After living with my vision loss for two decades, I find myself living my life positively and productively.
Joan Brock, taken from Joan Brock More Than Meets The Eye
Students with visual impairment are described in Department of Education and Skills (DES) circulars as having a visual disability that is so serious as to impair significantly their capacity to see, thus interfering with their capacity to perceive visually presented materials such as pictures, diagrams and the written word. Some will have been diagnosed as suffering from such conditions as albinism, cataracts, congenital blindness, retinitis pigmentosa, etc. Most are described as requiring the use of low-vision aids and of availing of the services of a Visiting Teacher. The category is not intended to include students whose visual difficulties are satisfactorily corrected by the wearing of glasses and/or contact lenses.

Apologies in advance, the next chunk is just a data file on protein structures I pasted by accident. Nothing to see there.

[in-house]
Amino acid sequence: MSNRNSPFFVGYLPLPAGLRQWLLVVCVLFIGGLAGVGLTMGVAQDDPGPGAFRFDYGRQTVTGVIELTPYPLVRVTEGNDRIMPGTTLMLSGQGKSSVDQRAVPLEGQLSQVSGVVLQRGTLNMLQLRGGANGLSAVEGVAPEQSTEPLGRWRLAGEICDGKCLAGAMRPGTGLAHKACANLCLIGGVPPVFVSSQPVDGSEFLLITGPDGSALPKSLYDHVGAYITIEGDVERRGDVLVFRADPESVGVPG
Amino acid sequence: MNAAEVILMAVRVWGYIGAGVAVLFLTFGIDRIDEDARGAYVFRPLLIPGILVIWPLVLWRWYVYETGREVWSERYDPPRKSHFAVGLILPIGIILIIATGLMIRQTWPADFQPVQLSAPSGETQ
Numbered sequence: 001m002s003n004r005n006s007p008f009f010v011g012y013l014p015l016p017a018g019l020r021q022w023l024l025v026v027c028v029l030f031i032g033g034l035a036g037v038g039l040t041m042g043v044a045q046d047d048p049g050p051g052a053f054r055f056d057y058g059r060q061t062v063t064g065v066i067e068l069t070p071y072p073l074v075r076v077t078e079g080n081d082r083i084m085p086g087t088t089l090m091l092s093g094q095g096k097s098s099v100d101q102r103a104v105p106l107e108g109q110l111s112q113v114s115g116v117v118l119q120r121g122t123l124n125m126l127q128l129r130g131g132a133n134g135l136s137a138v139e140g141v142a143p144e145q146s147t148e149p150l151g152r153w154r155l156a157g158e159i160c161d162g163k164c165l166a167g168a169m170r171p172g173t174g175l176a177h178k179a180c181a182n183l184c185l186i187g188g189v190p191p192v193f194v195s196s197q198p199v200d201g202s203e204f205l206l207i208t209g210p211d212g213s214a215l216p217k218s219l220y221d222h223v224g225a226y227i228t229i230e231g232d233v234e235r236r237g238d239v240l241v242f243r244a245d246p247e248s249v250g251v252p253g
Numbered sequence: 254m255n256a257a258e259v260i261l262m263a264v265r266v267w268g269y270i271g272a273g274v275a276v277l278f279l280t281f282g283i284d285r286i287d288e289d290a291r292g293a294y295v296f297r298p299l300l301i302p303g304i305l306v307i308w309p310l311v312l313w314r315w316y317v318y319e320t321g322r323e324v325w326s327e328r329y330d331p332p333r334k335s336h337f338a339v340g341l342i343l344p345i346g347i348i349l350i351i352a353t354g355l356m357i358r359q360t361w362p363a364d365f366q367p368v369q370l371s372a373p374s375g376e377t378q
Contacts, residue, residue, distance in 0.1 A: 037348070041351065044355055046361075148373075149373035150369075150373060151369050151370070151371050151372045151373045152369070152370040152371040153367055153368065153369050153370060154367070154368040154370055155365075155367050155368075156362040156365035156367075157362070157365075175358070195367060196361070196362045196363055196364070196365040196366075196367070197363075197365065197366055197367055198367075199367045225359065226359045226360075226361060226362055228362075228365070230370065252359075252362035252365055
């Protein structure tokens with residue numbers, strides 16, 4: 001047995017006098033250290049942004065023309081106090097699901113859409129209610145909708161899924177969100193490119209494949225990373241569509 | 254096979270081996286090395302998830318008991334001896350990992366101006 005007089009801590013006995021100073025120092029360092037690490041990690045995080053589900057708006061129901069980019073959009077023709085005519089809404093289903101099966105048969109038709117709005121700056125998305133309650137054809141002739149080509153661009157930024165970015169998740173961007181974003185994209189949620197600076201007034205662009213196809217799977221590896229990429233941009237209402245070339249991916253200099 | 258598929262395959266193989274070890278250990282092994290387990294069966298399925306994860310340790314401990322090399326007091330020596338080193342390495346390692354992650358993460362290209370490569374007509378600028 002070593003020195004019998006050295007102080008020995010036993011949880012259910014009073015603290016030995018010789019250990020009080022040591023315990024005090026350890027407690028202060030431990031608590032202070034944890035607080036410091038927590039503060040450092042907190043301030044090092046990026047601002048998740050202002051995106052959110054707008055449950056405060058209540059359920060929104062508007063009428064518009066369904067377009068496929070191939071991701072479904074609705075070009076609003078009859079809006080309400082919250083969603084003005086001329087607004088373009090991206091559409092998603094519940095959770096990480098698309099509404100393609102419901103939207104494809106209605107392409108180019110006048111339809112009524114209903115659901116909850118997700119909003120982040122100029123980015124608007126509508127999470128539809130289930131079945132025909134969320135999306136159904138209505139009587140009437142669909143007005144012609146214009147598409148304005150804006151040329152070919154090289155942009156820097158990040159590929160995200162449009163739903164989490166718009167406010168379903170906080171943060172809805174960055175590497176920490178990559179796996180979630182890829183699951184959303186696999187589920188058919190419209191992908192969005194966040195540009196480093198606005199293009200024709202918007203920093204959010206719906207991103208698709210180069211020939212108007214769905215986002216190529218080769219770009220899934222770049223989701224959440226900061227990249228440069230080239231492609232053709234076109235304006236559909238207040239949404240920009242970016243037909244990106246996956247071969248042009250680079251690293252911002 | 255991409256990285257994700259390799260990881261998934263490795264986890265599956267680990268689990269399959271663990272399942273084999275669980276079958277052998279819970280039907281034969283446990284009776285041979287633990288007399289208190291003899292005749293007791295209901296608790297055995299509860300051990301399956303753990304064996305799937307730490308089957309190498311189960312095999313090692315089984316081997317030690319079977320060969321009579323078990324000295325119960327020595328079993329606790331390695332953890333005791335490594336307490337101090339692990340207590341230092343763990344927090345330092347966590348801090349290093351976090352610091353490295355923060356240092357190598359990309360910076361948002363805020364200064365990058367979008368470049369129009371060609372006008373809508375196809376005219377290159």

Students with visual impairment may display comprehension difficulties, have poor organisational skills, fail to complete assignments and experience difficulty staying on-task. Most students described as having visual impairment are, in fact, partially sighted and can function in the school situation with the assistance of low-vision aids. Those who have deteriorating minimal residual vision or who are totally blind may need to read and write through the medium of Braille.